IF YOU WANT to praise a mystery writer

these days, you mention P. D. James. In separate pre-publication reviews, her name is invoked in accolades for two British women mystery novelists--Ruth Rendell and B.M. Gill. Rendell is a seasoned writer of much-admired psychological novels and of the Inspector Wexford police investigations. Gill has achieved acclaim with only her second novel.

There are those of us who feel James did her best work before the mainstream critics discovered her with the best-selling Innocent Blood. One must admit to a perverse wish that Rendell and Gill escape the attention of literary critics.

Death Notes (Pantheon, $9.95) brings back Inspector Wexford in another superb Rendell, reinforcing her position as one of the best practitioners in the mystery field. Sir Manuel Camargue, the greatest flute player of his day, is to marry a young woman who could be his granddaughter, when he slips into an icy pond while walking his dog.

It may well have been an accident. But then there is the aborted will that would have cut off his long-lost daughter. Wexford, a delightful human being, goes to California to trace the daughter. Rendell's characters have grown throughout the series, and in Death Notes Wexford's recently-remarried deputy and television star daughter make featured appearances.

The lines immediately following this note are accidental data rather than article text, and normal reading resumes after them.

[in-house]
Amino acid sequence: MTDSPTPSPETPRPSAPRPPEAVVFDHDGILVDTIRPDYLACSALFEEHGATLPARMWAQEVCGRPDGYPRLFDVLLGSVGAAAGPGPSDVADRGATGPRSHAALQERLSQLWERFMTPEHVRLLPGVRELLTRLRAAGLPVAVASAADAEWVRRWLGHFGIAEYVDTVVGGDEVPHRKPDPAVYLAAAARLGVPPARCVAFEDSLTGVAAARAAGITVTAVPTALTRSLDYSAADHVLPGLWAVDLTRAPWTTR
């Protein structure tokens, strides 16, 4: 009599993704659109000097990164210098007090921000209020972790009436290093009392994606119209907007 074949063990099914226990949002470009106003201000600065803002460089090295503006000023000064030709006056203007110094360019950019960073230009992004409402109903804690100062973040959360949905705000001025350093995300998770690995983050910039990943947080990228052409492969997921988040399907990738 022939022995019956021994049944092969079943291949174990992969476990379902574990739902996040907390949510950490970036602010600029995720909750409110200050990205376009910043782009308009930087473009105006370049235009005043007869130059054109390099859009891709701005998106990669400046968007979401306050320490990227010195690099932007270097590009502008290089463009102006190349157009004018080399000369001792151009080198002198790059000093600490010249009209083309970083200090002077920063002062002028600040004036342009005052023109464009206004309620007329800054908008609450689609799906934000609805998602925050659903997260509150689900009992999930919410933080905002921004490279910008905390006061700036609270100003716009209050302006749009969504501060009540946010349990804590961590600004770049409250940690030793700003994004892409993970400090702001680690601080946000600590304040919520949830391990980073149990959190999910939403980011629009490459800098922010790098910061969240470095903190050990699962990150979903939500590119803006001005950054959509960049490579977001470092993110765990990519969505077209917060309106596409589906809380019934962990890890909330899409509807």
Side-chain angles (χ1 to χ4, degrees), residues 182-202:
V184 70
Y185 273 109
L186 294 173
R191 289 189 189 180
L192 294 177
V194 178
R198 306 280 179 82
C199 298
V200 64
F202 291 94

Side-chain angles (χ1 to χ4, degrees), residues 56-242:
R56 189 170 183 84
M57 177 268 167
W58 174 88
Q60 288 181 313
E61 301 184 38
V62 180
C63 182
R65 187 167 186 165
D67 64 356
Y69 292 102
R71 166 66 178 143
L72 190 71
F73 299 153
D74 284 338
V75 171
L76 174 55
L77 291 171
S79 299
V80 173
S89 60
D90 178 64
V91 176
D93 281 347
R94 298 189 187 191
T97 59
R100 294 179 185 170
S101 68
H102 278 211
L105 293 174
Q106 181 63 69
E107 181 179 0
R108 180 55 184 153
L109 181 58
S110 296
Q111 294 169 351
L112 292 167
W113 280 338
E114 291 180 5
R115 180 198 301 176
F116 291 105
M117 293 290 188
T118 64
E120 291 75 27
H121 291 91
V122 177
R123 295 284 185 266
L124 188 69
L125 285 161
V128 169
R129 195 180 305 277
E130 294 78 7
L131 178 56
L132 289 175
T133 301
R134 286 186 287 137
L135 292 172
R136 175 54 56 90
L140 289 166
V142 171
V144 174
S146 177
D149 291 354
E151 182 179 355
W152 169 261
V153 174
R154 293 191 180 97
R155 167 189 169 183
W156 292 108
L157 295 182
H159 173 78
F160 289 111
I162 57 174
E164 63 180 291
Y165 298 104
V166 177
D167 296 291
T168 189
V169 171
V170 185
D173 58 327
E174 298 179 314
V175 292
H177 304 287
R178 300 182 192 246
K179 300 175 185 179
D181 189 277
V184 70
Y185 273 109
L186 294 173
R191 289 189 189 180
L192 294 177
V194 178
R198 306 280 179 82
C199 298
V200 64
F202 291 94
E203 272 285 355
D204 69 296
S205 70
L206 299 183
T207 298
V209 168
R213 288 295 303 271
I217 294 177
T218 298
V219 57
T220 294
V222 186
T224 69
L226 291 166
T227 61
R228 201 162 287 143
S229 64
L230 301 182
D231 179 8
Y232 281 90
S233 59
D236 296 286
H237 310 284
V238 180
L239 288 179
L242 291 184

If you want to catch up on Rendell's earlier novels, Bantam Books recently has published four of them in paperback editions at $1.95 and $2.50.

In Suspect (Scribners, $9.95), B.M. Gill fulfills the promise of her debut last year with Death Drop.

She writes with compassion and psychological insight while spinning out the suspense until a frightening denouement. Suspect involves the rape-murders of members of the medical staff of a hospital. The victims--a surgical assistant, a student nurse, and an anesthetist-- are linked to Dr. Paul McKendrick, a neuro-surgeon, who loses both his daughter and mistress to the killer.

Here is the scene as the bereaving Dr. McKendrick visits a couple who are old friends: "She and her husband sat together on the sofa. In an unthinking moment she rested her head against his shoulder and then saw Paul's glance and moved away. Sorry, she apologizes silently, sorry."

The killer may be a patient's bitter relative who feels McKendrick botched an operation. Or it may may be a sex sadist. Gill has a stunning surprise for her readers.

In recent years, novelist Howard Fast has been doing his best writing in a mystery series featuring a Nisei police detective in Beverly Hills, California. Writing under the pseudonym of E.V. Cunningham, Fast has produced a trio of first-rate police procedurals with an original, appealing sleuth in Masao Masuto, who practices Zen, raises roses, and has a wife who participates in a women's consciousness- raising group. This he accepts with affectionate bafflement.

The Case of the Sliding Pool (Delacorte, $10.95), the fourth Masuto outing, may be the best of the series with the detective involved in a murder-in-retrospect investigation.

It begins as heavy rains in Beverly Hills set off ground slides imperiling the luxurious homes perched on the canyon walls. A swimming pool collapses and slips, exposing the skeleton of a man buried 30 years earlier when the house was built.